The outbreak of the First World War a century ago signalled the start of a catastrophic turn of events for the human race. As tends to be the way when faced with adversity, people turned to music and song to cheer themselves up, as well as poke fun (and direct anger) at the people who had driven the world towards the conflict.
A number of the songs of the conflict had a London connection, through a singer or composer born or based here, or simply through having been published first in London during the war. Here we take a look at a few of those songs and the sentiments they conveyed in the face of the most dreadful war humanity will hopefully ever have to endure.
Take Me Back To Dear Old Blighty
Arthur J Mills was a lyricist from Richmond who, alongside Streatham-based Welshman Fred Godfrey and another Londoner named Bennett Scott, penned this story of three fictional soldiers on the Western Front desperate to get back home. This 1916 number is a simple tale of homesickness, including the desperate lines ‘Put me on the train for London town, Take me over there, Drop me anywhere, Birmingham, Leeds, or Manchester well, I don’t care!’
Here is Florrie Forde’s version of the song, from 1917.
The Tanks That Broke the Ranks Out in Picardy
Some of the songs of the First World War inevitably took a more triumphant tack, and none more so than this 1916 story of the world’s first wartime introduction to the tank. Its co-writer was Harry Castling, of which not a great deal has been written though he is known to have been living in London during the 1930s and also wrote a song called Let’s All Go Down The Strand, so it’s quite right to include the song in our London-based list.
The Tanks That Broke the Ranks Out in Picardy describes the German army’s terrified reaction at their first sight of British tanks and contains lyrics that may suffer in the face of revisionism, but at the time it was quite the morale-booster. Here is a version of the song recorded in an unnamed year, presumably not long after its composition.
Pack Up Your Troubles in Your Old Kit-Bag
First published in London in 1915, this classic wartime song was written by Welshman George Henry Powell and his brother Felix. It was entered into a competition for ‘best morale-building song’ and duly won first prize, praised for its optimism at a time when hopes had all but faded of a swift end to the war. Any song that starts with the line ‘Private Perks is a funny little codger’ is bound to raise a smile even in the darkest of times.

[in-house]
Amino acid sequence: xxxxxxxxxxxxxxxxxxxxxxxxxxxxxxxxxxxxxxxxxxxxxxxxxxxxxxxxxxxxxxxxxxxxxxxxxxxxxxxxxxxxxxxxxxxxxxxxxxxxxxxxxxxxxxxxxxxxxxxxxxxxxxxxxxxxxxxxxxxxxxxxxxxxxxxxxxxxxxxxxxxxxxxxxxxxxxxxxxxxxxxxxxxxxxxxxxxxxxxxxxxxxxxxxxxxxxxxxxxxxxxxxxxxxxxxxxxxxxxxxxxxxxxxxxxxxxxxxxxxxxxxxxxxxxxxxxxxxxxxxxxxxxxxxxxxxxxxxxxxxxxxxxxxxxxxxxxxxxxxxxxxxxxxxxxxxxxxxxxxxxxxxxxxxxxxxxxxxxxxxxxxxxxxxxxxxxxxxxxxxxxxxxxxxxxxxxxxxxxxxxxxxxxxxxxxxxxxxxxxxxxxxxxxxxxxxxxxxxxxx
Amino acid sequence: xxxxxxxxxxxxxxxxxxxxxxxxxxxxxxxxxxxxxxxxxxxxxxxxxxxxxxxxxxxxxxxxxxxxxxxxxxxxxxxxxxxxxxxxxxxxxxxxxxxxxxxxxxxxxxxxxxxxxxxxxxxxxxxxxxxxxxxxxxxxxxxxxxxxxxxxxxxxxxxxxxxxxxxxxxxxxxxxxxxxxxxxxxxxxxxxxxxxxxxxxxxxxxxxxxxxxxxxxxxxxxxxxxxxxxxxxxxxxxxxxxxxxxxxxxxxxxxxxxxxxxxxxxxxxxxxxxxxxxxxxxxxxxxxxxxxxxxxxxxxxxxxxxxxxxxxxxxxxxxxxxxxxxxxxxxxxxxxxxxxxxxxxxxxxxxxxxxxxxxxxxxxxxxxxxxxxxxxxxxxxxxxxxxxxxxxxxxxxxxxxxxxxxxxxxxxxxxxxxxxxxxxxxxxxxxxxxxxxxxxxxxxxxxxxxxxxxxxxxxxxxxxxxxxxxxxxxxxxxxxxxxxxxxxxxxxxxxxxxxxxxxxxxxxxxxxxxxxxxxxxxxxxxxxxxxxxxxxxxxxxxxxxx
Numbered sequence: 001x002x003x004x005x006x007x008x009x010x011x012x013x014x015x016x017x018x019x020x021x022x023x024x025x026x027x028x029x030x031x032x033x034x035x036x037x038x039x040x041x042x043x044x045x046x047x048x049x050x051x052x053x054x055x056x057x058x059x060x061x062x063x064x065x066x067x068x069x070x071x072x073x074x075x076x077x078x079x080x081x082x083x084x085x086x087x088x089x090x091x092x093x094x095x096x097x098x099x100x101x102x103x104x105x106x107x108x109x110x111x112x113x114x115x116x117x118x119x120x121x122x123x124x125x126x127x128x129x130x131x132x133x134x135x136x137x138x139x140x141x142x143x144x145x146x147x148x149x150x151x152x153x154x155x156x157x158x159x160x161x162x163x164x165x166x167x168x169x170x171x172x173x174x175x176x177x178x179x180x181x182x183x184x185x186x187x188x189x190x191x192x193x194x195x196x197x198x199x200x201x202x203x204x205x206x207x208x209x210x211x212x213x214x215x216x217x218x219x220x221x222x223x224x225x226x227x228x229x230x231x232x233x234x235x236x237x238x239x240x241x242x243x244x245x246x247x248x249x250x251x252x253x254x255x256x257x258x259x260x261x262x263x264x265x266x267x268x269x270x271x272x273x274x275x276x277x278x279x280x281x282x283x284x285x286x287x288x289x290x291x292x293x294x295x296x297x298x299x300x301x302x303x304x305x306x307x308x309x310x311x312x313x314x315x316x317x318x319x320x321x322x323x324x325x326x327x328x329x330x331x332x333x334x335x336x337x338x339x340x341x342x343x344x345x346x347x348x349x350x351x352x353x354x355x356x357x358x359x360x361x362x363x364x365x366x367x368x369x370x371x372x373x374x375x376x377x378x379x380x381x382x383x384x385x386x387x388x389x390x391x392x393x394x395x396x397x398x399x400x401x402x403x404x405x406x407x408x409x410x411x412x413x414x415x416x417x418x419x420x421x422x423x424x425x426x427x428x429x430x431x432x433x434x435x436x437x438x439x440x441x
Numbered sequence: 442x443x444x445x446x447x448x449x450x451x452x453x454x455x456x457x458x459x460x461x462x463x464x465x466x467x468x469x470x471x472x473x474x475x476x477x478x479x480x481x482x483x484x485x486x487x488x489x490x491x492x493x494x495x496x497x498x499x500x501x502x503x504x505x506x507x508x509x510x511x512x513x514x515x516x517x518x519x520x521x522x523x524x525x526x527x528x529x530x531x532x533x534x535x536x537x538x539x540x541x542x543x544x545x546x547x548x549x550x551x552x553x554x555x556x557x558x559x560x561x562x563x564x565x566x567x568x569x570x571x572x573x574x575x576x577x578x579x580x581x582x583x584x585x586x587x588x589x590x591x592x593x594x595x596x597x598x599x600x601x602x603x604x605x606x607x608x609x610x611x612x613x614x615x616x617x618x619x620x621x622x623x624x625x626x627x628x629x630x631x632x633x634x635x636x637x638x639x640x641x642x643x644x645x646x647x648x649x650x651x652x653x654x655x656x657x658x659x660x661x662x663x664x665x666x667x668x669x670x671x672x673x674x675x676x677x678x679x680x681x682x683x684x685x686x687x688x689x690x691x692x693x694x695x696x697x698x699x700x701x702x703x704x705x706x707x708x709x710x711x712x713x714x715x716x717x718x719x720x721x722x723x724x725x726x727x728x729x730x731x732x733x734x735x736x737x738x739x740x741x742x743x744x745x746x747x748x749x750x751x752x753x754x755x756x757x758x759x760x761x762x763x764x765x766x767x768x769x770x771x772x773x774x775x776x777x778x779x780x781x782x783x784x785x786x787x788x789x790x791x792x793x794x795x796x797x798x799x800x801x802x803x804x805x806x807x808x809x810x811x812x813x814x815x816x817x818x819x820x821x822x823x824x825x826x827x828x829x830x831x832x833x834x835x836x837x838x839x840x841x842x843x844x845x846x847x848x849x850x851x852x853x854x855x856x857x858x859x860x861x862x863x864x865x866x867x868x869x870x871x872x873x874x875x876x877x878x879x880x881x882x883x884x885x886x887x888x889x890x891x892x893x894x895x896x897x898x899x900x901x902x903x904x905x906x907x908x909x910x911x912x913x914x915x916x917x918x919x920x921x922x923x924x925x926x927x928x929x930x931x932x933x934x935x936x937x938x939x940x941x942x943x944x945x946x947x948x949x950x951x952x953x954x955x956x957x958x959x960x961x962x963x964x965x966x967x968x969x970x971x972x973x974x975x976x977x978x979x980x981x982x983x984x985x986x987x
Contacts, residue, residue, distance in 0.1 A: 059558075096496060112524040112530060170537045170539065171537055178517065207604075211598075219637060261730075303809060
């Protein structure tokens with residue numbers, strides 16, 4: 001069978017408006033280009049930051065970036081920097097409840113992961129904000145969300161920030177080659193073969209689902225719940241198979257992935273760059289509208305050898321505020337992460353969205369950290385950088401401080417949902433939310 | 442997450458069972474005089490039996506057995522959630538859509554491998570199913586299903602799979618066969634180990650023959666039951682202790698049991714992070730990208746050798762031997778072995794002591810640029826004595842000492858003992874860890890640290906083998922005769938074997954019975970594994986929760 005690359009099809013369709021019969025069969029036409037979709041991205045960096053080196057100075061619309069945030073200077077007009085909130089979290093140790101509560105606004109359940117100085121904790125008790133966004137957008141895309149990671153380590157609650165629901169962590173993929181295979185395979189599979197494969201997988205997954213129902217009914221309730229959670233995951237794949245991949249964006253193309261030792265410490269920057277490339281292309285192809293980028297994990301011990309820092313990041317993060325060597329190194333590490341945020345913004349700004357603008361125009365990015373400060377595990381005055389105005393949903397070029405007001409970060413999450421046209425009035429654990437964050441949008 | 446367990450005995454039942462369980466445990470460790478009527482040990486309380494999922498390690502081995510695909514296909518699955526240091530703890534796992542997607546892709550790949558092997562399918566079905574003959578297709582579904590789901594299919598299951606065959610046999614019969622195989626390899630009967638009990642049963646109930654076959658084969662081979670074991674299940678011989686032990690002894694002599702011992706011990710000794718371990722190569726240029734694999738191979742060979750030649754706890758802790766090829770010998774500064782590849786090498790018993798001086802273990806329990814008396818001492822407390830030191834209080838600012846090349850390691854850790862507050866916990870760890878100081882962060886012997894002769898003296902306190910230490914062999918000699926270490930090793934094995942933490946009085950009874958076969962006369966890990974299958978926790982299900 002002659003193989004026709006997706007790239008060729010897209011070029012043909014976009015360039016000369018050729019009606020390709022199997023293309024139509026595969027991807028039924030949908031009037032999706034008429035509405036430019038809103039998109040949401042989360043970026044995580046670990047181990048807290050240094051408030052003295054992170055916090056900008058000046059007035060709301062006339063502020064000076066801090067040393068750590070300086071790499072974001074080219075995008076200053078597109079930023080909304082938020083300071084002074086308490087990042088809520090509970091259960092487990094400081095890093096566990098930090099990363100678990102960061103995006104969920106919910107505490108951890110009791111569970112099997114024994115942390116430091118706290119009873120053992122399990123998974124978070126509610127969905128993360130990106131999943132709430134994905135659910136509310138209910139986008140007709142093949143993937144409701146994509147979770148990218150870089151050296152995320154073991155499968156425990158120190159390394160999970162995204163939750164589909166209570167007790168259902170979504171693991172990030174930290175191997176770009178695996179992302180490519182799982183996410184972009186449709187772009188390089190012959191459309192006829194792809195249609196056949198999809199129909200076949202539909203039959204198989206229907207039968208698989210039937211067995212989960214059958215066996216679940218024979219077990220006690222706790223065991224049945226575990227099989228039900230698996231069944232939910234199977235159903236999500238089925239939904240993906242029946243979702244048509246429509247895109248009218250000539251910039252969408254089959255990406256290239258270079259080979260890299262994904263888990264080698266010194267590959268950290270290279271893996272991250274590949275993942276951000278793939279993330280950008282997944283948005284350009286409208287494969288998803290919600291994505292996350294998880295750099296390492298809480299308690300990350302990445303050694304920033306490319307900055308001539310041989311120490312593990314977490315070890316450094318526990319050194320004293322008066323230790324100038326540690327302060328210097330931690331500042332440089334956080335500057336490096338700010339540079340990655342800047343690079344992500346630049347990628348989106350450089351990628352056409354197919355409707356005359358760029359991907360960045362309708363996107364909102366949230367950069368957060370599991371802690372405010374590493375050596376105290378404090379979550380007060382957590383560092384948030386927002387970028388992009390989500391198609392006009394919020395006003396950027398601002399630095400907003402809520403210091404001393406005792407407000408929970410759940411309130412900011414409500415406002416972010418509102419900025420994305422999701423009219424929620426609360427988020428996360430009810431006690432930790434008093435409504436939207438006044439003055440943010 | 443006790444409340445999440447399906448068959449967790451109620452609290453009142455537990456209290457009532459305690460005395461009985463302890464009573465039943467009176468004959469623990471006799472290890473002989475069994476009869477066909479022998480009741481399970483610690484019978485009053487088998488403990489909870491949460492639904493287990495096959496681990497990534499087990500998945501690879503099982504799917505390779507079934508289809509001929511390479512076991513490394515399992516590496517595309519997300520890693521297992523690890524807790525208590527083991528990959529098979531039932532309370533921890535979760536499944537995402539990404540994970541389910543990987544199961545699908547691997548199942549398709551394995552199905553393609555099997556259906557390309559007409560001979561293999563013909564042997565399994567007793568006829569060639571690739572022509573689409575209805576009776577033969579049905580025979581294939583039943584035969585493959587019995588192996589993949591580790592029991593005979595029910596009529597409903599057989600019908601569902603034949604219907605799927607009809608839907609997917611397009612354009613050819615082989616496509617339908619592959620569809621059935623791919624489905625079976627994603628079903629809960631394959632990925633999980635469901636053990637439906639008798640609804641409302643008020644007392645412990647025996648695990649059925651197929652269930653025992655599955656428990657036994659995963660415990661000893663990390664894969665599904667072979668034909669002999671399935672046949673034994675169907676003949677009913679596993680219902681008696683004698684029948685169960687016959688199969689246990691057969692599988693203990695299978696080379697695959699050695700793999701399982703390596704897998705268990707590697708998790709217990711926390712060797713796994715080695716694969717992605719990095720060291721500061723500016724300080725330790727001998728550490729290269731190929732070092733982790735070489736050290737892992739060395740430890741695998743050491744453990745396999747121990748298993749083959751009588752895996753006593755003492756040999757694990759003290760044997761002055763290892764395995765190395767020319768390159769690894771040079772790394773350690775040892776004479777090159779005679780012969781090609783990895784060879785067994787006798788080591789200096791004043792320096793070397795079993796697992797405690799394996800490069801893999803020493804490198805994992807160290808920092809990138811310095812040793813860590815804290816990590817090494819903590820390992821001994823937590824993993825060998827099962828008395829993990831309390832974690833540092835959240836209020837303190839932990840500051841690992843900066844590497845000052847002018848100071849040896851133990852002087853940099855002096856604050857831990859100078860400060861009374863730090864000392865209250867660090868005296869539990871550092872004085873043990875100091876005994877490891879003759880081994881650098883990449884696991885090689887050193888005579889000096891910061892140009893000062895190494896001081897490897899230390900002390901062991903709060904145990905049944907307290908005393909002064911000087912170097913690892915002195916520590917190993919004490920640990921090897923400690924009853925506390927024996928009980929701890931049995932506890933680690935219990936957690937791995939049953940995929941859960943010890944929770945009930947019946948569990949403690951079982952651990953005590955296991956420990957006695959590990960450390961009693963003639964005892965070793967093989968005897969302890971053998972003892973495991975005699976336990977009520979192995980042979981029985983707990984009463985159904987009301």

Here is an uncredited version of this particularly upbeat number.
The Sunshine of Your Smile
Making its debut in London a year before the war and strictly speaking a simple love song, this became hugely popular during the four years in which a great many loves were lost. Written by American trio Francis, Day and Hunter, its lyrics perfectly captured the feelings of many a sweetheart during the war, particularly in its second verse: ‘Shadows may fall upon the land and sea, Sunshine from all the world may hidden be, But I shall see no cloud across the sun, Your smile shall light my life, Till life is done.’
It has been recorded many times over the years, including by Frank Sinatra during the Second World War. Here is Irish tenor John McCormack’s version, from 1916.
Colonel Bogey March
Although it was written a few weeks before the start of the war, the Colonel Bogey March is one of the conflict’s most recognisable tunes. It was composed in 1914 by Frederick Joseph Ricketts of the 2nd Battalion of the Argyll and Sutherland Highlanders, who was born in Ratcliff in modern-day Tower Hamlets in 1881. Though the tune was rather co-opted by the Second World War with lyrics added to refer disparagingly to Hitler’s trouser furniture, it was during the first conflict that it really took off.
Here is the lyric-free version of the march performed by the Coldstream Guards.
Your King and Country Need You
This is the title of two songs published at the start of the war.
Lawrence Wright Music was a Denmark Street-based publishing company charged in 1914 with producing a patriotic song to gee up potential volunteers for the armed forces. The result was Your King and Country Need You, written by Paul Pelham, WH Wallis and Fred Elton and including the lyrics ‘Not for mad ambitions greed, England asks us in her need to face the foeman’s guns, ‘Tis for honour, truth and right, For glorious liberty we fight, To crush the envious foemens might, That England wants her sons.’
The other song of the same title was written by Huntley Trevor, with music by Henry E Pether. It was also released in London in 1914 and versions of this song are easier to come by than those of the Lawrence Wright tune. Here is the Huntley Trevor song, performed by Leo Ryan in 1914.
Your King and Country Want You
A single word separates this song from the previous pair but they are identical in aim: trying to get as many men and boys to sign up for the cause as possible. This one was also first published in London in 1914, and was written by Kensington-born composer Paul Rubens who himself failed to survive the war, though it was tuberculosis that got him at the age of 41 rather than the conflict itself.
The song makes explicit reference to sportsmen who at the start of the war had continued to play cricket and football before the extent of the casualties suffered by the British Expeditionary Force in Belgium had been fully understood. Here is Stanley Kirkby’s version, recorded during the war for Edison Bell Records, also of London.
Image of the City of London First World War Memorial courtesy of tezzer57 via the Londonist Flickr pool.